For Scotia-Glenville sophomore James Brown, hosting a German exchange student for two weeks has been a lesson in life he could never have picked up from a textbook.
The friendship he has made is invaluable, he said, and the connection he now has with someone who lives a half a world away is one that he will have for life.
Brown and his family opened up their lives and home to one of the 19 German exchange students in the Scotia-Glenville School District this year. He will be visiting their country in February as part of the exchange.
Marcus Kiefer, my exchange student, and I got along well, and we really had a great time, said Brown. "Marcus and I like sports a lot, and we both learned about the differences in sports because of cultures. Marcus taught me a lot about soccer, and I had the privilege to teach him about baseball and American football."
Brown said the greatest challenge was fitting in everything he and his family wanted Kiefer to experience in just two weeks.
"Although we had a great time, I do have to admit it was tough to schedule activities because he was only here for two weeks," Brown said. "We were able to manage to see New York City, Boston, and we also went to the Great Escape. I think the best moment of the exchange was seeing the look on Marcus' face when he saw Times Square."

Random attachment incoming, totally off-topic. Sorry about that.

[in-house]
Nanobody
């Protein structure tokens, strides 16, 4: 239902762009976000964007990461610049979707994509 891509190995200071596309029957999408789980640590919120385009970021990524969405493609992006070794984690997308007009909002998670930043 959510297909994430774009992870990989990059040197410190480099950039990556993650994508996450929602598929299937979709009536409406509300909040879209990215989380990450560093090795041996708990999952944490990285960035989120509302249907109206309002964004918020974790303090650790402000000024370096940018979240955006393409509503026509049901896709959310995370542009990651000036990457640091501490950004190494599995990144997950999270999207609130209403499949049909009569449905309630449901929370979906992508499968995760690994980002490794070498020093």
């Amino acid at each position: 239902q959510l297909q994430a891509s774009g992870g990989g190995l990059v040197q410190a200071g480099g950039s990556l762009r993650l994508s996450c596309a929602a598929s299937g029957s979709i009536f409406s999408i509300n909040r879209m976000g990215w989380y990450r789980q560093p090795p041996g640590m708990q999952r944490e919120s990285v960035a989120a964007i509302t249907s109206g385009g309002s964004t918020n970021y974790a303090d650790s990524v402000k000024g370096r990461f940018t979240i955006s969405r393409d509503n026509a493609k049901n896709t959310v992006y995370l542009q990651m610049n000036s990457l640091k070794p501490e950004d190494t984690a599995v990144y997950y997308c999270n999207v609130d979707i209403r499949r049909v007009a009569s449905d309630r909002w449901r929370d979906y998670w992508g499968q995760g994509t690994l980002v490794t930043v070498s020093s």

Corrina Coorssen, the German teacher at the high school who helped coordinate the exchange, said this is the 10th such exchange between Scotia-Glenville and the Robert Schuman Gymnasium in Saarlouis, Germany.
Coorssen said that in previous years, the number of applicants was too high and students were selected according to the timeliness and quality of their applications. In Germany, she said, the teacher selects participants largely according to teacher recommendations. The German students arrived Saturday, Sept.13, and left Saturday, Sept. 27, after two weeks of seeing sights all over New England.